Hafeziyeh: The Tomb of Hafez

Hafeziyeh: The Tomb of Hafez

TEHRAN (Tasnim) - Khwaja Shams-ud-Din Muhammad Hafez-e Shirazi, the great sonneteer, known by his pen name Hafez, was born in the early eighth century of Hijri calendar (1321 AD) in Iran's southern city of Shiraz.

Hafeziyeh is the name of a shrine complex in north of Shiraz, in the south of Darvazeh Qur’an. Because it contains the shrine of Hafez-e Shirazi, this complex is known by this name.

Hafeziyeh has about 2 hectares area and is formed from two northern and southern courtyard separated by a hall. This complex has 4 entrance-exit doors. The main door is located on the south side, two doors are on the west side and one door is on the east side.

Hall of Hafeziyeh which is from Zandiyeh era is 56 meters long and 8 meters wide and is formed by 20 stone pillars, each with 5 meters height. Formerly the Hall consisted of four pillars and four rooms that have been removed later from the area.

There are two rooms in the East and West sides of the Hall, one belongs to the Cultural Heritage Organization and the other one belongs to the Shrine Office. The hall’s architectural style is related to the Achaemenid and Zands period.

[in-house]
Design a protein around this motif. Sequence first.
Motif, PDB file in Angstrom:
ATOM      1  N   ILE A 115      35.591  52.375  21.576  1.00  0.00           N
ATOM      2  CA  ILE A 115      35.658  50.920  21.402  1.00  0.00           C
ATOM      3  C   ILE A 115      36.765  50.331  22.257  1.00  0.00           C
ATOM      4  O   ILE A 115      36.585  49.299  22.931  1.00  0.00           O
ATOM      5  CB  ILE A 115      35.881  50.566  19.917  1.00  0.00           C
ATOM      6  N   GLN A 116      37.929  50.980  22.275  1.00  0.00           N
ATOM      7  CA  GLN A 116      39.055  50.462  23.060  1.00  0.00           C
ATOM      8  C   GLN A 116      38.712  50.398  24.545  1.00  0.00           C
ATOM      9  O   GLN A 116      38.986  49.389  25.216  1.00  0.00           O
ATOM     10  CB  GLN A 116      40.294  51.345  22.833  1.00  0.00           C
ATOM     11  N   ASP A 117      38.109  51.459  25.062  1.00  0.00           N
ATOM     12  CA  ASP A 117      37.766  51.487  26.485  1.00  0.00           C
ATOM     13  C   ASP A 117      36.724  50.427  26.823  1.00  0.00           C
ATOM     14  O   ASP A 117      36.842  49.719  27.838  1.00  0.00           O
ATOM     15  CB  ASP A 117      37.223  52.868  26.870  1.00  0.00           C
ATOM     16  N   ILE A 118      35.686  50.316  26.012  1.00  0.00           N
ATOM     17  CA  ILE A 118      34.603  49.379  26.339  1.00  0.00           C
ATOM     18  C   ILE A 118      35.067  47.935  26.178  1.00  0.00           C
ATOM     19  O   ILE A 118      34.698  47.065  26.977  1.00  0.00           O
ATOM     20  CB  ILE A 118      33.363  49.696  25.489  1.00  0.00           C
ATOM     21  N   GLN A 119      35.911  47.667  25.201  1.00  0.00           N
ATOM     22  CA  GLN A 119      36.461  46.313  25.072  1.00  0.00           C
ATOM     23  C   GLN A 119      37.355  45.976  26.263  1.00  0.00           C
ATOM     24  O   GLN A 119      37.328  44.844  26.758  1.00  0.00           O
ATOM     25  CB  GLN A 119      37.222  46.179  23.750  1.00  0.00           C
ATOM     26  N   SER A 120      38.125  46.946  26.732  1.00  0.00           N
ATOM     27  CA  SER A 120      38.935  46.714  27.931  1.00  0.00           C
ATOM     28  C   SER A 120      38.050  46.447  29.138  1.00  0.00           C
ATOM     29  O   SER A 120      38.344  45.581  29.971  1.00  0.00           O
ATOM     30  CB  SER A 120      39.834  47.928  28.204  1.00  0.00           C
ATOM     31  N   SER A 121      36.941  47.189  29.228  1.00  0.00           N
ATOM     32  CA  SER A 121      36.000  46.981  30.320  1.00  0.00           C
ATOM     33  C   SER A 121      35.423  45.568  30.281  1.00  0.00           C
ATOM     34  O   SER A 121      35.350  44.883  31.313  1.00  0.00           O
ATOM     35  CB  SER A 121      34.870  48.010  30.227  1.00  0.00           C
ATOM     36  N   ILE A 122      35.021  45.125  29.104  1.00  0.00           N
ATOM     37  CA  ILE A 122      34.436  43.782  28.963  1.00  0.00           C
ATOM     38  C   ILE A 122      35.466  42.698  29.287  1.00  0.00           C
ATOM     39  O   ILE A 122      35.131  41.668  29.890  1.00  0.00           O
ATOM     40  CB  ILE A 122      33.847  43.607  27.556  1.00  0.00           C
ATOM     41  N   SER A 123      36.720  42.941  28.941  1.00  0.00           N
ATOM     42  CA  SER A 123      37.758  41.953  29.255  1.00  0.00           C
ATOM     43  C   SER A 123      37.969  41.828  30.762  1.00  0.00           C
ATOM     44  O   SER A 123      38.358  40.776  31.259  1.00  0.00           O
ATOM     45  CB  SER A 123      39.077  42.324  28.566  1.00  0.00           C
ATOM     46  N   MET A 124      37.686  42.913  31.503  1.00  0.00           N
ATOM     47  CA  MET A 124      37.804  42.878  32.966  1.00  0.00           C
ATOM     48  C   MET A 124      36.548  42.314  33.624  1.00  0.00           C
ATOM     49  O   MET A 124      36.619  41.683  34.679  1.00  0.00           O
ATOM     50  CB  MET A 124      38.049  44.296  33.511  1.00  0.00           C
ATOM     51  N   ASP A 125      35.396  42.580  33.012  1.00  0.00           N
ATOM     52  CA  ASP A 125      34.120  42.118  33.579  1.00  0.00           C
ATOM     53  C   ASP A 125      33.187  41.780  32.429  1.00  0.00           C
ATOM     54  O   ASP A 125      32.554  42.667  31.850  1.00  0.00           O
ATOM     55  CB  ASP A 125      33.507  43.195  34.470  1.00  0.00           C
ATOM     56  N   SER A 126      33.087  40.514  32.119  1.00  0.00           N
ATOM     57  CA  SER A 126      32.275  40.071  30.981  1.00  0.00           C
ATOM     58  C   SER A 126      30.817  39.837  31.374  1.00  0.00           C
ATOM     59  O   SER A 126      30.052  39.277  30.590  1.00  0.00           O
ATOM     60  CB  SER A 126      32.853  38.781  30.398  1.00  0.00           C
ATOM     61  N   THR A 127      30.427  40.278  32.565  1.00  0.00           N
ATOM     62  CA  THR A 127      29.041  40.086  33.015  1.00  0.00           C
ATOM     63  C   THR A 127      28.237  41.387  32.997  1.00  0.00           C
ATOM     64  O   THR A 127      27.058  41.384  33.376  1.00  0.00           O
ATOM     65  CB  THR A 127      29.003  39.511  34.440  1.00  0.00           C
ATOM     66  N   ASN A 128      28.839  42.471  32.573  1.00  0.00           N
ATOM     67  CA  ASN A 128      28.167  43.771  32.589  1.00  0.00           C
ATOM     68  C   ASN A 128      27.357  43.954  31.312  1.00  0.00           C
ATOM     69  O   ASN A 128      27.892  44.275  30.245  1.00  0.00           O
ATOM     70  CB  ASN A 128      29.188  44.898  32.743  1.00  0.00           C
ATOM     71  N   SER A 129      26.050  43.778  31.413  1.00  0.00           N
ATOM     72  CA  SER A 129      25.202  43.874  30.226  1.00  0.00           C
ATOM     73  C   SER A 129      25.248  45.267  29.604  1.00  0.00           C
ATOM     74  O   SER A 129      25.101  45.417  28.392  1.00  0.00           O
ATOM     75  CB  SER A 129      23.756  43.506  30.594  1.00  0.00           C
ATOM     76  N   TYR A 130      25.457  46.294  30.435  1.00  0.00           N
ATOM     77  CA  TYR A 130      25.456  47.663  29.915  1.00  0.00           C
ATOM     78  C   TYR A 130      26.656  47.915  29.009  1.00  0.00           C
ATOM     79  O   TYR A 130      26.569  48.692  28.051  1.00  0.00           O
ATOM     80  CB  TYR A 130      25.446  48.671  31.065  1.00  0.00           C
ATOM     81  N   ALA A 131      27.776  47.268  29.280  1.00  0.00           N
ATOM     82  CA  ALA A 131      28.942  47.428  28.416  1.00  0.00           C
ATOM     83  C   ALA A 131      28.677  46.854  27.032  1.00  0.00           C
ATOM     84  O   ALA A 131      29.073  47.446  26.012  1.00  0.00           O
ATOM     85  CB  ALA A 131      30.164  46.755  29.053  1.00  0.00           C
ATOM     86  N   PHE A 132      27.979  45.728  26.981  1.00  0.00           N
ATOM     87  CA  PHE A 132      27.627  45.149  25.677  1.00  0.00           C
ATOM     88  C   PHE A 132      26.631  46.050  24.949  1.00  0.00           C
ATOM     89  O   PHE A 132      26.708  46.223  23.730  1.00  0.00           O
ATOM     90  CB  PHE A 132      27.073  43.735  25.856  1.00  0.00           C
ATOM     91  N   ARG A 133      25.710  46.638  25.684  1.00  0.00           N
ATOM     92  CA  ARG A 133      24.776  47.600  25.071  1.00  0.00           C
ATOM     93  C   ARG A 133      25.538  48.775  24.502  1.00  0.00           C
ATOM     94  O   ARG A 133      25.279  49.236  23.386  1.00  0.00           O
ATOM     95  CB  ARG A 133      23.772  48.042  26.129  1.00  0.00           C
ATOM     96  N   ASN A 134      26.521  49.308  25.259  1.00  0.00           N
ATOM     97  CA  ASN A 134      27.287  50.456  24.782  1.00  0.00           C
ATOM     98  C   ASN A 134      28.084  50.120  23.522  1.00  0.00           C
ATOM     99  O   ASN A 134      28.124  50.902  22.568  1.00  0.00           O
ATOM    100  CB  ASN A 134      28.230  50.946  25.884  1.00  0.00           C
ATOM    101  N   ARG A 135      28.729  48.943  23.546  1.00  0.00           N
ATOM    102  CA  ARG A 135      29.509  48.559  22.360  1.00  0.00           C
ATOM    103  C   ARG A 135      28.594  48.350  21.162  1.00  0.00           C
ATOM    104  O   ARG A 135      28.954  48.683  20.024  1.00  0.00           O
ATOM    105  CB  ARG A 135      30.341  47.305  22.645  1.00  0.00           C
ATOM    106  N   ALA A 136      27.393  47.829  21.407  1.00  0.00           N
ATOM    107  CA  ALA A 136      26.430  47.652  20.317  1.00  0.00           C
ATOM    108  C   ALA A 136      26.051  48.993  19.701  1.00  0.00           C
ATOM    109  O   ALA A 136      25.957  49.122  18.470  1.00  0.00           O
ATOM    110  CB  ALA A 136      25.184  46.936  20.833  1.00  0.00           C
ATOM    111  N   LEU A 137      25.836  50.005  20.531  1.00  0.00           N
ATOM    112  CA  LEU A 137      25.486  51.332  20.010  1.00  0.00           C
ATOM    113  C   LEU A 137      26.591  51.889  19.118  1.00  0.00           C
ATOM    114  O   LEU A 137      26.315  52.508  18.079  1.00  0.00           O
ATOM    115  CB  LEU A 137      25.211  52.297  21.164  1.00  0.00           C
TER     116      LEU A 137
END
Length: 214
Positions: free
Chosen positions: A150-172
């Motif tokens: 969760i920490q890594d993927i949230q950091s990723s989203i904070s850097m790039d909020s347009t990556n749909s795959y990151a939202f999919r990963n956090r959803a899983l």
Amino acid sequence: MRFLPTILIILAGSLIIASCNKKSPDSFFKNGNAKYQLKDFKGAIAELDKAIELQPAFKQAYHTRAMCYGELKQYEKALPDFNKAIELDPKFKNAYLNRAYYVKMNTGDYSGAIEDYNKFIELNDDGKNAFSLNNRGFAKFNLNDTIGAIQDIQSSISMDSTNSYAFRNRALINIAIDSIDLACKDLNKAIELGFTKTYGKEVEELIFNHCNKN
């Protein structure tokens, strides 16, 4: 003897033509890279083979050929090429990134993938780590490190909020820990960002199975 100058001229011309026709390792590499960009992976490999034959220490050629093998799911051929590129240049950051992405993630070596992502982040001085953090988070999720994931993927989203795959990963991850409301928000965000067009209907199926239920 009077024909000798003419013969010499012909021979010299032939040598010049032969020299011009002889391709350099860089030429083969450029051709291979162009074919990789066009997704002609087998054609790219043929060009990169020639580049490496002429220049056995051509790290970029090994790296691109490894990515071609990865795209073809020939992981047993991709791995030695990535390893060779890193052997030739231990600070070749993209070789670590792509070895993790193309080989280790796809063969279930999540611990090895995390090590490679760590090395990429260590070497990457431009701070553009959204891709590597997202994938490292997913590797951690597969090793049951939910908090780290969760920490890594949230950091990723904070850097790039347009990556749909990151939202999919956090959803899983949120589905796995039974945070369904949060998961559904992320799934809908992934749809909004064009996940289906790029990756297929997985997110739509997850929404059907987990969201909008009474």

The shrine’s porch consists of two rows of staircases, each row contains 9 stairs. In Persian literature, the 9 is the number of skies and considered sacred.

The northern part contains 8 entrance and exit; The Shrine also consists of 8 stone pillars. The number 8 symbolizes the eighth century (the century Hafez was lived in) and the eight doors of paradise.

The exterior of the dome of the shrine is a symbol of sky and is formed as the hat of Turkish dervishes. The inside of the dome is decorated with different theosophical colors; Turquoise blue (symbol of heaven), amethystine red (symbol of eternal wine), black and white (symbol of day and night) and burnt brown (symbol of earth).

Source: untold Iran

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